Toxic leak

时间:2019-03-07 03:01:06166网络整理admin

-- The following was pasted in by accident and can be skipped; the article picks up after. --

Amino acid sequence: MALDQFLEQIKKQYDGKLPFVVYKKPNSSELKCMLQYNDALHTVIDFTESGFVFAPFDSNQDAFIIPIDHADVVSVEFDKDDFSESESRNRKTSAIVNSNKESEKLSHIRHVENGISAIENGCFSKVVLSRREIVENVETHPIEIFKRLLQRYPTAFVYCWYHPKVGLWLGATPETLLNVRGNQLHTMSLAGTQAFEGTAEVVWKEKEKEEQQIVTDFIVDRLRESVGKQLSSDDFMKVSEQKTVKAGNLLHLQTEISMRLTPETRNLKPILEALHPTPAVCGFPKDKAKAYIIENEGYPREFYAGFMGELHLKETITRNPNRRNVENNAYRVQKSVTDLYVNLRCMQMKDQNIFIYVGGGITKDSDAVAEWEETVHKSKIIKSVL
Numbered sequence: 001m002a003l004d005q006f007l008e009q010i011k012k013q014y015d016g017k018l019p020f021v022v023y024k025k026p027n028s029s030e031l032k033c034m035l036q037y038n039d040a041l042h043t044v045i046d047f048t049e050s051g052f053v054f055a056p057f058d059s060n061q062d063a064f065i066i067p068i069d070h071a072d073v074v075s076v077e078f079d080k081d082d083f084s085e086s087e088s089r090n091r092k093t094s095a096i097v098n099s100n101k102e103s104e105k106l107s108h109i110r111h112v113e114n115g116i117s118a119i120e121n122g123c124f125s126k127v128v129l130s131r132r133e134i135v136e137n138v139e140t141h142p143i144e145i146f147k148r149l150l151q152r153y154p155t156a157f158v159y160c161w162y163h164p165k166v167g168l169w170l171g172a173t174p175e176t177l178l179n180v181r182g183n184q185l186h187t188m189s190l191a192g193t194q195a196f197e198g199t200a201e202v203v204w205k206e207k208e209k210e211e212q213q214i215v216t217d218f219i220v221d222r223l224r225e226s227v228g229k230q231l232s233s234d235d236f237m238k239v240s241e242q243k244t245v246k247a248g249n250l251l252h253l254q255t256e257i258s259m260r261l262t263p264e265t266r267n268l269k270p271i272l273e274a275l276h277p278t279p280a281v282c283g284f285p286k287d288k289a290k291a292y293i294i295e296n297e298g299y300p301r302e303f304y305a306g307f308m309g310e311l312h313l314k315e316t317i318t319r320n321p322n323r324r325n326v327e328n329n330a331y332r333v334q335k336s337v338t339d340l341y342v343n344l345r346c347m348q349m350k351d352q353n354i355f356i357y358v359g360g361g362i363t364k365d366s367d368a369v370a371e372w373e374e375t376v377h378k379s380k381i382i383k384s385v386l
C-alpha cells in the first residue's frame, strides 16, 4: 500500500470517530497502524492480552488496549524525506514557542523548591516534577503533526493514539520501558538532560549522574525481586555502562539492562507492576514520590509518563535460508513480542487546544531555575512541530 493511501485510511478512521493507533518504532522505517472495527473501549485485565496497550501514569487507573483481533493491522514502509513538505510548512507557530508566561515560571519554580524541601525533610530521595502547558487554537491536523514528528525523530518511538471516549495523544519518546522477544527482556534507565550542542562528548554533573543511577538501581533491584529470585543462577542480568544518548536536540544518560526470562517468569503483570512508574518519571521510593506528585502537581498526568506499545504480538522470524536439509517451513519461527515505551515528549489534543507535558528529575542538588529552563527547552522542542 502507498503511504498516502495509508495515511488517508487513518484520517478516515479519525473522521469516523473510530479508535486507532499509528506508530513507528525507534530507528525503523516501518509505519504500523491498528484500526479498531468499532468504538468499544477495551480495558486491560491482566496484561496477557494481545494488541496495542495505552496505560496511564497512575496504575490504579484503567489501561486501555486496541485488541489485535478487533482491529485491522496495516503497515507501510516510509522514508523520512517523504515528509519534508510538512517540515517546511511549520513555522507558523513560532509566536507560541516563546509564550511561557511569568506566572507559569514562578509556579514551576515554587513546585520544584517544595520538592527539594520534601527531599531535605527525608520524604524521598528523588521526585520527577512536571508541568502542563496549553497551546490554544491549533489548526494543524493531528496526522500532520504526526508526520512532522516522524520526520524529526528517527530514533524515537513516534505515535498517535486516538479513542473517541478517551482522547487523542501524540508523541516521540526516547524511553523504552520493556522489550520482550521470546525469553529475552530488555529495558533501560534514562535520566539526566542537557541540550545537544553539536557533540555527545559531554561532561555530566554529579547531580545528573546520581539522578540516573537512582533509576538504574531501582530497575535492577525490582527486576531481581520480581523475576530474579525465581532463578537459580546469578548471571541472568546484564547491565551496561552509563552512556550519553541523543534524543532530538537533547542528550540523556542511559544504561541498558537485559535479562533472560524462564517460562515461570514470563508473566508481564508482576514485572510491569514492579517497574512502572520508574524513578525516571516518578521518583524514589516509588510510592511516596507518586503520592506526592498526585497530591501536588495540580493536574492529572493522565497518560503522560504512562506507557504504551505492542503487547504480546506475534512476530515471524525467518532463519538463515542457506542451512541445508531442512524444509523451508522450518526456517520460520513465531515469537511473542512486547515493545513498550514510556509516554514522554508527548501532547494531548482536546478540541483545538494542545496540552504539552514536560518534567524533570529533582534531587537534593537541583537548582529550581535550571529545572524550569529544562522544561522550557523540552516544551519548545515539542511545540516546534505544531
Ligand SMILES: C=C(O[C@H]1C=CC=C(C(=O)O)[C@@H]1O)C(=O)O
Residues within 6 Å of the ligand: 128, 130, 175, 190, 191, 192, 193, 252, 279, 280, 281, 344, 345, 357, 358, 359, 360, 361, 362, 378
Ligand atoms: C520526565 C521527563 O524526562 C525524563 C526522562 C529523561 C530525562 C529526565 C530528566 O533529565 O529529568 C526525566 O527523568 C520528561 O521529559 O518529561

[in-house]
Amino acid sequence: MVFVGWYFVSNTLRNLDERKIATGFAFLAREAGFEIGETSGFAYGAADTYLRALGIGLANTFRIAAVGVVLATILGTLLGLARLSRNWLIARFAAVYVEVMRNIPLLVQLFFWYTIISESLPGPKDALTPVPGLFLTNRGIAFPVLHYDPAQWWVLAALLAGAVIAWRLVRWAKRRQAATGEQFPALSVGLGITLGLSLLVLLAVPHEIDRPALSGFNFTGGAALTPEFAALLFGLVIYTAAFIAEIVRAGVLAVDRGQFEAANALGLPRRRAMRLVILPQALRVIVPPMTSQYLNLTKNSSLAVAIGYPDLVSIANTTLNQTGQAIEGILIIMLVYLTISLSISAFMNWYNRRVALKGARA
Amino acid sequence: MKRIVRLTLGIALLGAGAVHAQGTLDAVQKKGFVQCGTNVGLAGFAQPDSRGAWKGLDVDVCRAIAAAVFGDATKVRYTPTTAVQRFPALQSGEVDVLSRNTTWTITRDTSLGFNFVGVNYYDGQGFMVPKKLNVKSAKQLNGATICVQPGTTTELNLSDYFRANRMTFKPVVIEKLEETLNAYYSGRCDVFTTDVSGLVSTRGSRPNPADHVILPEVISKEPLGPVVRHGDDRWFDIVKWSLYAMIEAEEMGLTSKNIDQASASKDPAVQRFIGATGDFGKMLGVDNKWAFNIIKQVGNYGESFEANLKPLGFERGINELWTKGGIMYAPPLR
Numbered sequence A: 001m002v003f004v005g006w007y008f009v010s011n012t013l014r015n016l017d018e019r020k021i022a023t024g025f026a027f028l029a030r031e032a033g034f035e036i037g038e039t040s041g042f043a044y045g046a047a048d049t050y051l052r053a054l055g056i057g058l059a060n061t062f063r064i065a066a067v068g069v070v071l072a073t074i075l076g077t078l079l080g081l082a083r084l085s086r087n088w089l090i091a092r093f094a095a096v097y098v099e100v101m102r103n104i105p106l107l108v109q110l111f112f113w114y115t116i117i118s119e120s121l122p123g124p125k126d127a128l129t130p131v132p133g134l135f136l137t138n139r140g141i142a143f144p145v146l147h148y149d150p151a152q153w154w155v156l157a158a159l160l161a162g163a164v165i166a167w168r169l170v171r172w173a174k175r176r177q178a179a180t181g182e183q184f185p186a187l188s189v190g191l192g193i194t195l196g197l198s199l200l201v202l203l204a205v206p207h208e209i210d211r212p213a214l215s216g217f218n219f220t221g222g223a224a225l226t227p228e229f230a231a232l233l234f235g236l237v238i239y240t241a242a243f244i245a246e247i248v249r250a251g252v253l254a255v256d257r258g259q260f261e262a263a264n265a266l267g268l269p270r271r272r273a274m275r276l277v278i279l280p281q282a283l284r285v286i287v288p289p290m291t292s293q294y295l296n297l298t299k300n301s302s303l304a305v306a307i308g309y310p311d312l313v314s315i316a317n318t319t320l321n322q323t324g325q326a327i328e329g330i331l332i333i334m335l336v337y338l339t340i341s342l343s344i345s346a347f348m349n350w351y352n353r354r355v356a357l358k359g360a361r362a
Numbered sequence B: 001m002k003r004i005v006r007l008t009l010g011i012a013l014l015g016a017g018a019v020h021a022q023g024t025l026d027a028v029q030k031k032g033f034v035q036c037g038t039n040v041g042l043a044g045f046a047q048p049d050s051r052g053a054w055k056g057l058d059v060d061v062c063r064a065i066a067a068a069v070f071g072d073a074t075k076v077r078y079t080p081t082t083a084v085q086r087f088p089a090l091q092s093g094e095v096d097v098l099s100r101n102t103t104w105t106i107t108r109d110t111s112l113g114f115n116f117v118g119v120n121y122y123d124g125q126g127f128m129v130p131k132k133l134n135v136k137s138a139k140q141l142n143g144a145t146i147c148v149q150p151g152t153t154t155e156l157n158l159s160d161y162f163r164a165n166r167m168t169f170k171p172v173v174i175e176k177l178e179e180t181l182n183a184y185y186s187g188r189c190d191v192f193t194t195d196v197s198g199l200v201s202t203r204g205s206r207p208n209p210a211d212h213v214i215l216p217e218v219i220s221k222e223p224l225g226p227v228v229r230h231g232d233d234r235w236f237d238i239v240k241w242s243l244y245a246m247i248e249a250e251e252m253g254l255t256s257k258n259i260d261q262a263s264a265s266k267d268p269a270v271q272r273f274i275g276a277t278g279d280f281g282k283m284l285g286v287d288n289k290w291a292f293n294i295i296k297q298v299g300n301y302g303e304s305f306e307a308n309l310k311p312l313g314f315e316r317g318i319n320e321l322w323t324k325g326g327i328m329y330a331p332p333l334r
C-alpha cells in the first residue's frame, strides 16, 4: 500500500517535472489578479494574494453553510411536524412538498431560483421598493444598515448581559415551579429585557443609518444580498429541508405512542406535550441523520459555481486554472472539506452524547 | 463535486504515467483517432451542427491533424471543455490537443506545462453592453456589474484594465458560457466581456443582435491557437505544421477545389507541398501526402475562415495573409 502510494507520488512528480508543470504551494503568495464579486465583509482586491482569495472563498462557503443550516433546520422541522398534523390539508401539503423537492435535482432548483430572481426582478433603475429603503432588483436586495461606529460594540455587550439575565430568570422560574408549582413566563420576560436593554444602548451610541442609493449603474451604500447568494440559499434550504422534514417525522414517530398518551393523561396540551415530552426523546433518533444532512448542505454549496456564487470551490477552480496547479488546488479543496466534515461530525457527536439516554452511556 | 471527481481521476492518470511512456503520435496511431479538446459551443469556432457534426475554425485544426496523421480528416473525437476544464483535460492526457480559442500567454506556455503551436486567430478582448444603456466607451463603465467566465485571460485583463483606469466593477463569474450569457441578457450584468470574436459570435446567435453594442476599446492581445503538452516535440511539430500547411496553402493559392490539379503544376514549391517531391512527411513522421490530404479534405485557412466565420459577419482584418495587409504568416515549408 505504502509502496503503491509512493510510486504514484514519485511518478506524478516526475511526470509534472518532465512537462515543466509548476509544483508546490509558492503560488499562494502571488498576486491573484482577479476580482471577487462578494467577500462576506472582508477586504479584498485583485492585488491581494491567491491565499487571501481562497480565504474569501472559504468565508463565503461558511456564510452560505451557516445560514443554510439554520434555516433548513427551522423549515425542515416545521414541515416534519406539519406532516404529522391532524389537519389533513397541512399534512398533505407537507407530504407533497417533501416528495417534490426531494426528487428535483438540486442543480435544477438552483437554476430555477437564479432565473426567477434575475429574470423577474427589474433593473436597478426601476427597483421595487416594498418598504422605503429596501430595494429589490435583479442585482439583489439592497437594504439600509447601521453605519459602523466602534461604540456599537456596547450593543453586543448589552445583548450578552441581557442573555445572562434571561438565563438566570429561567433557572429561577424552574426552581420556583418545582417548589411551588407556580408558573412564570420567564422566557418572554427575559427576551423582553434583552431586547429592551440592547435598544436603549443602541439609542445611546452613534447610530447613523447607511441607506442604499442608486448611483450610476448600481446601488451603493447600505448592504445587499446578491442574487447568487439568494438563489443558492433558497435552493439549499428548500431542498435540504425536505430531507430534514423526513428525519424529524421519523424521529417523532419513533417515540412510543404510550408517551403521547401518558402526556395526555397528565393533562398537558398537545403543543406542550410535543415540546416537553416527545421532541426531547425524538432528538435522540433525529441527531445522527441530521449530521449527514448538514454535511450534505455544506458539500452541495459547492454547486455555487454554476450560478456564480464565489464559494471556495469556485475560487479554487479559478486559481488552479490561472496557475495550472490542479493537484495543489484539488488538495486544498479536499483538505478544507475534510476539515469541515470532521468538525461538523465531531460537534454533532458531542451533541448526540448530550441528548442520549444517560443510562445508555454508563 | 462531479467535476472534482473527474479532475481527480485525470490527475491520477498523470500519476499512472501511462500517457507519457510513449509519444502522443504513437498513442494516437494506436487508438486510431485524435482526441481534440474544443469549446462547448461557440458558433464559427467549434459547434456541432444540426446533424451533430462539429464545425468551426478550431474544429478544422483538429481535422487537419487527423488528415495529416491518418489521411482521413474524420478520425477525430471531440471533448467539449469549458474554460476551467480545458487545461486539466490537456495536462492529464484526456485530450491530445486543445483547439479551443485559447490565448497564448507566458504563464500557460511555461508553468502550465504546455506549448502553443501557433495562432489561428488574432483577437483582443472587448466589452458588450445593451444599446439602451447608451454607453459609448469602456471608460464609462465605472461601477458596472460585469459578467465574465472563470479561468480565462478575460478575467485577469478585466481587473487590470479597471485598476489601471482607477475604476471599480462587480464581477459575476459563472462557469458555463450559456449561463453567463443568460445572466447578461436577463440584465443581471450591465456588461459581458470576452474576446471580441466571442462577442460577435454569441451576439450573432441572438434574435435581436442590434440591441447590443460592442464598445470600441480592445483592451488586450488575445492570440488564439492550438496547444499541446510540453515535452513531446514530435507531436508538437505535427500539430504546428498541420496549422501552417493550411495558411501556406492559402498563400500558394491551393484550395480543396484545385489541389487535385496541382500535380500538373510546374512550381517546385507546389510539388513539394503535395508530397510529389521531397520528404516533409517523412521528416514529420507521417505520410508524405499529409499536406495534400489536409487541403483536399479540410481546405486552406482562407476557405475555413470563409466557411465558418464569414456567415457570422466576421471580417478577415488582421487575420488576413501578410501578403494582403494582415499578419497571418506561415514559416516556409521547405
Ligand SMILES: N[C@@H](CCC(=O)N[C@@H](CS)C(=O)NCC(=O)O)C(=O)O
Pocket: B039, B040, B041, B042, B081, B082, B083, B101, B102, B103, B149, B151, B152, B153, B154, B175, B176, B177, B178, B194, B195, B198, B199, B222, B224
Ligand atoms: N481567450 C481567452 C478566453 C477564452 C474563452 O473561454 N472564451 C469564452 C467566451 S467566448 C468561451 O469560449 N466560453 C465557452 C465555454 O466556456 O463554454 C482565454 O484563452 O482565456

By Andy Coghlan INSECT-KILLING toxins from genetically modified maize plants leak into the soil and persist for weeks, biologists in the US have found. Neither finding was expected, say the researchers, raising questions about the impact of the toxins on soil ecology. Guenther Stotzky and Deepak Saxena of New York University grew a commercial maize variety that is genetically modified to make the Bt toxin, a protein normally made by the soil bacterium Bacillus thuringiensis. The toxin protects the plants against moth larvae that burrow into maize stems. Stotzky and Saxena, working with Saul Flores of the Venezuelan Scientific Research Institute in Caracas, grew the maize in the lab and collected soil extracts from around the roots of the plants. They found Bt toxin in the extracts, which could still kill larvae in standard tests of its activity after 25 days. The toxin could have widespread effects on soil ecology, say Stotzky and Saxena, as Bt maize plants now cover 6 million hectares of farmland in the US. They speculate that its effects might be beneficial, in killing pests that would otherwise damage the roots of crops. But the toxin could also harm benign soil organisms, or select for pests resistant to it. “If the target organisms become resistant, the technology of using the toxin goes down the tubes,” says Stotzky. Environmental groups have seized on the findings. “I think it’s time to revisit the environmental risk assessment for GM maize,” says Sue Mayer of GeneWatch, an environmental lobby group in Buxton,